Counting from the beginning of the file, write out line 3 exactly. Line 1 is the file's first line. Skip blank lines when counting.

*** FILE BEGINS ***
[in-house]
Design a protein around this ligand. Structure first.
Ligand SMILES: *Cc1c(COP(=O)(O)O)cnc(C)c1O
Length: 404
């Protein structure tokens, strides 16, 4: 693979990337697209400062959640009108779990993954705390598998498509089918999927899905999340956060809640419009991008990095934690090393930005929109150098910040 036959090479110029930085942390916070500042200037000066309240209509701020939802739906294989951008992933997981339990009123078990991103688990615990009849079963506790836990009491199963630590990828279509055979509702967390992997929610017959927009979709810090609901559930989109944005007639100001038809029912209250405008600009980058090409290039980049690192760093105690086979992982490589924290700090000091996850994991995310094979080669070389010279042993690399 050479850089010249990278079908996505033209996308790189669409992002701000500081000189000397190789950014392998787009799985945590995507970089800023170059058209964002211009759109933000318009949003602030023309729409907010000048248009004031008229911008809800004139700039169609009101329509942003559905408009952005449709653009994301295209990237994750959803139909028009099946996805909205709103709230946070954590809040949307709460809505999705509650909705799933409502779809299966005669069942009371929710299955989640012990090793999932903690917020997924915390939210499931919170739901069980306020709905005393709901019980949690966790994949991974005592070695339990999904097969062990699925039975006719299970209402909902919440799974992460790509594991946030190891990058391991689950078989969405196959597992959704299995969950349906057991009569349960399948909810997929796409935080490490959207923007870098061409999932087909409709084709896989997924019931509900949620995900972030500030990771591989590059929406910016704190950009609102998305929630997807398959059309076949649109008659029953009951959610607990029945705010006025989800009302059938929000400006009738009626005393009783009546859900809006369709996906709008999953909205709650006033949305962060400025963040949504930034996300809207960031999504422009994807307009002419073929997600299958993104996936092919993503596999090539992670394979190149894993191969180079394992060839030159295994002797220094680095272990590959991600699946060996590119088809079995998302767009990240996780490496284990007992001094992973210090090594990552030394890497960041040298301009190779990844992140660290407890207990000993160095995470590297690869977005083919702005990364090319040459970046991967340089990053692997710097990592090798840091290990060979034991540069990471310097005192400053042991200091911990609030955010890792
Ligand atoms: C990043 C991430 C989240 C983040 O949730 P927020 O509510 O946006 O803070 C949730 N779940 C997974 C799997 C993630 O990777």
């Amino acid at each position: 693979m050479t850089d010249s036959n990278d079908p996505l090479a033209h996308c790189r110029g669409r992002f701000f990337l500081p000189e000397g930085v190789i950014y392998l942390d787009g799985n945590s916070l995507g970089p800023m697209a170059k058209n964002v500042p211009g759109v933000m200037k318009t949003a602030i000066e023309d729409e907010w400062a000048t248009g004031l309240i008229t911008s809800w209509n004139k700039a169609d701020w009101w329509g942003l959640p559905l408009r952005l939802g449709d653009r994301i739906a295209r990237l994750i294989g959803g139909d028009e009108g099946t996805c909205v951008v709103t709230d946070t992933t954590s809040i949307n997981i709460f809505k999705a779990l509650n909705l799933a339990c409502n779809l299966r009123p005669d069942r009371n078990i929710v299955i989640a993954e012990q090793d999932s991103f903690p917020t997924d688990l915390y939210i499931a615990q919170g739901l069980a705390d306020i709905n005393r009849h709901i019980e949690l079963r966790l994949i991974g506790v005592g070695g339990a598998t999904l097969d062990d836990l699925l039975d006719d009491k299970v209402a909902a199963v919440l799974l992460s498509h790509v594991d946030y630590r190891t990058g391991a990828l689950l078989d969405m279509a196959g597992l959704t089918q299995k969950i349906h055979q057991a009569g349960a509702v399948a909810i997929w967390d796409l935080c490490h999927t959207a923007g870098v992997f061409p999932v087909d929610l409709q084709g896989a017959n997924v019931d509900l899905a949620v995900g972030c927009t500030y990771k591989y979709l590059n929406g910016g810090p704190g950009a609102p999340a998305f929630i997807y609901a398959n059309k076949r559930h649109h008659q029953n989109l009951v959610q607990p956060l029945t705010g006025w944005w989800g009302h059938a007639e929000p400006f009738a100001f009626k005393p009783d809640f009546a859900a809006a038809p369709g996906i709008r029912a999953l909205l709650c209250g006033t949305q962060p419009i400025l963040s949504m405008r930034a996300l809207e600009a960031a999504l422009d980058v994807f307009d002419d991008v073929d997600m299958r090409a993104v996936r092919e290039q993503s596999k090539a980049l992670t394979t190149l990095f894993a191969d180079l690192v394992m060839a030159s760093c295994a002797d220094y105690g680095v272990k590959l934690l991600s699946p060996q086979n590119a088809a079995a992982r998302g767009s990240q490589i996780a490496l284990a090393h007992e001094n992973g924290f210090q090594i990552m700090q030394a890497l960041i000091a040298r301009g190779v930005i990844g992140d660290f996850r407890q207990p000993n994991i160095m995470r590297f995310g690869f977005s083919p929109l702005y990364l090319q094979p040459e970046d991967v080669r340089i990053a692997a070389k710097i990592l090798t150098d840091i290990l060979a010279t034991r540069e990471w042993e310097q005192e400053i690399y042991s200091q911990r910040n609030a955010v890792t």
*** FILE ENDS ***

Ligand SMILES: *Cc1c(COP(=O)(O)O)cnc(C)c1O